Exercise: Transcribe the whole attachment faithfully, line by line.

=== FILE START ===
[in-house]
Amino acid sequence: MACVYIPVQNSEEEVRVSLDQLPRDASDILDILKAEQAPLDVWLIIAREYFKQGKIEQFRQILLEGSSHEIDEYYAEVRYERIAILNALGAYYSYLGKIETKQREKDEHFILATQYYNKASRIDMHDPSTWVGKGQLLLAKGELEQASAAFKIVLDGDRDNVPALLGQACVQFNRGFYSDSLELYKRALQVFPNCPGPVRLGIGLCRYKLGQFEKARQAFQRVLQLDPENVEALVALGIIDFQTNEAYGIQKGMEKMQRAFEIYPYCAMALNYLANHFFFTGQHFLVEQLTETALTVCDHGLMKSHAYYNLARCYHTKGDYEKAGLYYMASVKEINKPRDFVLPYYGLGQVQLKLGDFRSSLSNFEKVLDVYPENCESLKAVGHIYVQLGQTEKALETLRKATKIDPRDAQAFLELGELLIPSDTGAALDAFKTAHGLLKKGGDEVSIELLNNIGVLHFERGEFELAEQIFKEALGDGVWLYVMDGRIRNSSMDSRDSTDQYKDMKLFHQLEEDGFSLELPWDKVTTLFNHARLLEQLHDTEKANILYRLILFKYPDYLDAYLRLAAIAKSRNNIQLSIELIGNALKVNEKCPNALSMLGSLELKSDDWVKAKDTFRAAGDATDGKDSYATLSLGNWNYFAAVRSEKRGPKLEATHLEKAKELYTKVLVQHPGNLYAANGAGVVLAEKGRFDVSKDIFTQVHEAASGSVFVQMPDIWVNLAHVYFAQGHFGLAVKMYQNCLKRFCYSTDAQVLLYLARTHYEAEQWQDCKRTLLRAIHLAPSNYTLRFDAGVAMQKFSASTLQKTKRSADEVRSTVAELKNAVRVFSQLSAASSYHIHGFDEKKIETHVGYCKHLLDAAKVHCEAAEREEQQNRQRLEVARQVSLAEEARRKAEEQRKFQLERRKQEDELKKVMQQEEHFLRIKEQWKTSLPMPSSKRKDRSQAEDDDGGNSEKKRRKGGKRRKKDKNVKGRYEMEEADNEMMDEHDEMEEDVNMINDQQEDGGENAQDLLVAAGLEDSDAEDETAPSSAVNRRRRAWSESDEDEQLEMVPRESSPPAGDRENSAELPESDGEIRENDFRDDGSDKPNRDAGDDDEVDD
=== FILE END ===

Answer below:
[in-house]
Amino acid sequence: MACVYIPVQNSEEEVRVSLDQLPRDASDILDILKAEQAPLDVWLIIAREYFKQGKIEQFRQILLEGSSHEIDEYYAEVRYERIAILNALGAYYSYLGKIETKQREKDEHFILATQYYNKASRIDMHDPSTWVGKGQLLLAKGELEQASAAFKIVLDGDRDNVPALLGQACVQFNRGFYSDSLELYKRALQVFPNCPGPVRLGIGLCRYKLGQFEKARQAFQRVLQLDPENVEALVALGIIDFQTNEAYGIQKGMEKMQRAFEIYPYCAMALNYLANHFFFTGQHFLVEQLTETALTVCDHGLMKSHAYYNLARCYHTKGDYEKAGLYYMASVKEINKPRDFVLPYYGLGQVQLKLGDFRSSLSNFEKVLDVYPENCESLKAVGHIYVQLGQTEKALETLRKATKIDPRDAQAFLELGELLIPSDTGAALDAFKTAHGLLKKGGDEVSIELLNNIGVLHFERGEFELAEQIFKEALGDGVWLYVMDGRIRNSSMDSRDSTDQYKDMKLFHQLEEDGFSLELPWDKVTTLFNHARLLEQLHDTEKANILYRLILFKYPDYLDAYLRLAAIAKSRNNIQLSIELIGNALKVNEKCPNALSMLGSLELKSDDWVKAKDTFRAAGDATDGKDSYATLSLGNWNYFAAVRSEKRGPKLEATHLEKAKELYTKVLVQHPGNLYAANGAGVVLAEKGRFDVSKDIFTQVHEAASGSVFVQMPDIWVNLAHVYFAQGHFGLAVKMYQNCLKRFCYSTDAQVLLYLARTHYEAEQWQDCKRTLLRAIHLAPSNYTLRFDAGVAMQKFSASTLQKTKRSADEVRSTVAELKNAVRVFSQLSAASSYHIHGFDEKKIETHVGYCKHLLDAAKVHCEAAEREEQQNRQRLEVARQVSLAEEARRKAEEQRKFQLERRKQEDELKKVMQQEEHFLRIKEQWKTSLPMPSSKRKDRSQAEDDDGGNSEKKRRKGGKRRKKDKNVKGRYEMEEADNEMMDEHDEMEEDVNMINDQQEDGGENAQDLLVAAGLEDSDAEDETAPSSAVNRRRRAWSESDEDEQLEMVPRESSPPAGDRENSAELPESDGEIRENDFRDDGSDKPNRDAGDDDEVDD